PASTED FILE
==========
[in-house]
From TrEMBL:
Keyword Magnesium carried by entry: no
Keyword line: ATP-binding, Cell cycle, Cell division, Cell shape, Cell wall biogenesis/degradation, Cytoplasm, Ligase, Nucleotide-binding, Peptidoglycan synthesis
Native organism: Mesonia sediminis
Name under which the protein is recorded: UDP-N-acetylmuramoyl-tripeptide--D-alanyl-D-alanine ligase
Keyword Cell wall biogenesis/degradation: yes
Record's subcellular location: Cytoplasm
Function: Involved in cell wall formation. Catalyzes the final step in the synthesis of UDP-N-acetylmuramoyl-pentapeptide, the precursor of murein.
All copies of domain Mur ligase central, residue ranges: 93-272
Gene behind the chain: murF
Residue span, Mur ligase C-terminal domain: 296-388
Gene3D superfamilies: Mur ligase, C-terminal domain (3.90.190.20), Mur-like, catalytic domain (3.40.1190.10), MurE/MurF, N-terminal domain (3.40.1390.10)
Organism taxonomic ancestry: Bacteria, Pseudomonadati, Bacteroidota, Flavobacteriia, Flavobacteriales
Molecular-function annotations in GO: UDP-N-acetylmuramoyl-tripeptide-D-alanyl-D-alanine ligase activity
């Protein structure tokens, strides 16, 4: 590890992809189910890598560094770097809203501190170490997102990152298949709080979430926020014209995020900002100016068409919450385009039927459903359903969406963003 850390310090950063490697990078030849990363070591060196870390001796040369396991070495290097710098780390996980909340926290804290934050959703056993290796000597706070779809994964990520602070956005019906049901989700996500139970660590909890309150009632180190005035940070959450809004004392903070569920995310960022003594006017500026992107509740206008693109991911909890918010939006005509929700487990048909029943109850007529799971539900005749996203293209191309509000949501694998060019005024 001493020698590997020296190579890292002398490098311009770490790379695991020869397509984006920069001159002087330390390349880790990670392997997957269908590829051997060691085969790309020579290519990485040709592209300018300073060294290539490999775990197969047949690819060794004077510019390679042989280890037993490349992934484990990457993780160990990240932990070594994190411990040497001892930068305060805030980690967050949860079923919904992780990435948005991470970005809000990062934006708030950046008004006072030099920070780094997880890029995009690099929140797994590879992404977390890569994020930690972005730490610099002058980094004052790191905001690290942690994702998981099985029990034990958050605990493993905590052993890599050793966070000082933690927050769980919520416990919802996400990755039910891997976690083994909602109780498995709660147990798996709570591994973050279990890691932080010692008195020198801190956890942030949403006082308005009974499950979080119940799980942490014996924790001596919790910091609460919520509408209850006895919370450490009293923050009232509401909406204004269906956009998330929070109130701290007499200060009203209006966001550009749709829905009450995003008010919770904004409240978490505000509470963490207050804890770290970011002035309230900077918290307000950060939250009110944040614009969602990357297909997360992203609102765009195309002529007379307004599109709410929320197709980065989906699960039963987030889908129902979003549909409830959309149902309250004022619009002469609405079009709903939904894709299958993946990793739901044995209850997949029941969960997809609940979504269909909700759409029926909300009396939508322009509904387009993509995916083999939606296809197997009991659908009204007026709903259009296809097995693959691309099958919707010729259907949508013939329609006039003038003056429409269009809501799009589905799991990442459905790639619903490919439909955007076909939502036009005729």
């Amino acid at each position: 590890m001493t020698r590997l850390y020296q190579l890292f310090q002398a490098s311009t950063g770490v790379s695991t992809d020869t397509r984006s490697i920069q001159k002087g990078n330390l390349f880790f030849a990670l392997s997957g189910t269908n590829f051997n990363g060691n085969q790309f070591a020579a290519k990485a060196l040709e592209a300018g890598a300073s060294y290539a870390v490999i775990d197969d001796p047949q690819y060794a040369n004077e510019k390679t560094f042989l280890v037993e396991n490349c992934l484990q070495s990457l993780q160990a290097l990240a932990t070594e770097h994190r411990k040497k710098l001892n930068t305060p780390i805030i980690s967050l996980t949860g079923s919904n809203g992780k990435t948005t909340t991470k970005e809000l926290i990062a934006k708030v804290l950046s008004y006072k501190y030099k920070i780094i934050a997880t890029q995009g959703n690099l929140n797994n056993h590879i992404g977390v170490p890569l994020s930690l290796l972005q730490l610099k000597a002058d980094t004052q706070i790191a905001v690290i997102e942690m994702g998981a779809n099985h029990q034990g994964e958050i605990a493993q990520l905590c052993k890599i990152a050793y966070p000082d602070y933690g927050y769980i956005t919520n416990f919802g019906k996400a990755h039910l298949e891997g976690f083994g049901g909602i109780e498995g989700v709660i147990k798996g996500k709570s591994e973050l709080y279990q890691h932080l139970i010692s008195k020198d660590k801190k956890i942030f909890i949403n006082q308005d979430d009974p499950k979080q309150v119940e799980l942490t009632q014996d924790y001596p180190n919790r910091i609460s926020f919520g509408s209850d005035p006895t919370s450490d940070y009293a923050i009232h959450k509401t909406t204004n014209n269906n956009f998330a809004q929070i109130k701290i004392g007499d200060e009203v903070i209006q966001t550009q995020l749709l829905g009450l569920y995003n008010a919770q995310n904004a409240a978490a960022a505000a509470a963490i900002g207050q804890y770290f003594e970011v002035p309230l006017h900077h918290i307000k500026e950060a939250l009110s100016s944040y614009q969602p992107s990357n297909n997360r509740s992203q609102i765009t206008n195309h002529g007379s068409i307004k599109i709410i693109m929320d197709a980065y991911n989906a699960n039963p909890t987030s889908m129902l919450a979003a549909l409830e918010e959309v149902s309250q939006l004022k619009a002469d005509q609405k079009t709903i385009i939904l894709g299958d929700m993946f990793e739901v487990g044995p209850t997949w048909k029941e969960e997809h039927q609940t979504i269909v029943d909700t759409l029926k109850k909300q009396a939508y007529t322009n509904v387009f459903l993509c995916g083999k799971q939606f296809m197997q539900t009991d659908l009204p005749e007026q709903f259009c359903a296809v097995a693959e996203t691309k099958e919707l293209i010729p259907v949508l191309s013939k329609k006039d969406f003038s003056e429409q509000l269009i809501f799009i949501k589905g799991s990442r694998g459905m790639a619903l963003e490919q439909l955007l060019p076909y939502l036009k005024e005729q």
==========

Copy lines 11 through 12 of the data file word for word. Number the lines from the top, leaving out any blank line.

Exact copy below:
Gene behind the chain: murF
Residue span, Mur ligase C-terminal domain: 296-388